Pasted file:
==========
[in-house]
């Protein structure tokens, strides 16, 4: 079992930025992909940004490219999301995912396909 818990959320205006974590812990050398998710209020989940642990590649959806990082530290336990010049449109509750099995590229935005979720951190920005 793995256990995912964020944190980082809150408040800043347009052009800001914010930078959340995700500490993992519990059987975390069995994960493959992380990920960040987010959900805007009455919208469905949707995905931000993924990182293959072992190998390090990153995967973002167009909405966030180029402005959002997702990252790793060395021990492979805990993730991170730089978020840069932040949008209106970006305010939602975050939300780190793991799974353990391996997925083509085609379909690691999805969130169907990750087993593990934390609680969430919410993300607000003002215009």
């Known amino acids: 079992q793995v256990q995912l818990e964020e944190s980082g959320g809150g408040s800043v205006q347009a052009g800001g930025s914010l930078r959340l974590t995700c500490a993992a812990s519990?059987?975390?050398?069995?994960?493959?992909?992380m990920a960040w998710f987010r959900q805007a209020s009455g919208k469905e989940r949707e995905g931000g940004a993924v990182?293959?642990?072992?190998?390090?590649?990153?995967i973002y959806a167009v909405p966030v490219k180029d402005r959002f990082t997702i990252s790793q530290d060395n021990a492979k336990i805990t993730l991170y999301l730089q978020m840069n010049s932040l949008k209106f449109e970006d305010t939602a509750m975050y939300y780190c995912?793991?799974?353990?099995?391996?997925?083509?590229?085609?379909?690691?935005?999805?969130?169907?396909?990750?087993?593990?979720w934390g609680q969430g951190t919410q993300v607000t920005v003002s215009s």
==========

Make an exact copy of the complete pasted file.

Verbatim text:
[in-house]
């Protein structure tokens, strides 16, 4: 079992930025992909940004490219999301995912396909 818990959320205006974590812990050398998710209020989940642990590649959806990082530290336990010049449109509750099995590229935005979720951190920005 793995256990995912964020944190980082809150408040800043347009052009800001914010930078959340995700500490993992519990059987975390069995994960493959992380990920960040987010959900805007009455919208469905949707995905931000993924990182293959072992190998390090990153995967973002167009909405966030180029402005959002997702990252790793060395021990492979805990993730991170730089978020840069932040949008209106970006305010939602975050939300780190793991799974353990391996997925083509085609379909690691999805969130169907990750087993593990934390609680969430919410993300607000003002215009």
């Known amino acids: 079992q793995v256990q995912l818990e964020e944190s980082g959320g809150g408040s800043v205006q347009a052009g800001g930025s914010l930078r959340l974590t995700c500490a993992a812990s519990?059987?975390?050398?069995?994960?493959?992909?992380m990920a960040w998710f987010r959900q805007a209020s009455g919208k469905e989940r949707e995905g931000g940004a993924v990182?293959?642990?072992?190998?390090?590649?990153?995967i973002y959806a167009v909405p966030v490219k180029d402005r959002f990082t997702i990252s790793q530290d060395n021990a492979k336990i805990t993730l991170y999301l730089q978020m840069n010049s932040l949008k209106f449109e970006d305010t939602a509750m975050y939300y780190c995912?793991?799974?353990?099995?391996?997925?083509?590229?085609?379909?690691?935005?999805?969130?169907?396909?990750?087993?593990?979720w934390g609680q969430g951190t919410q993300v607000t920005v003002s215009s």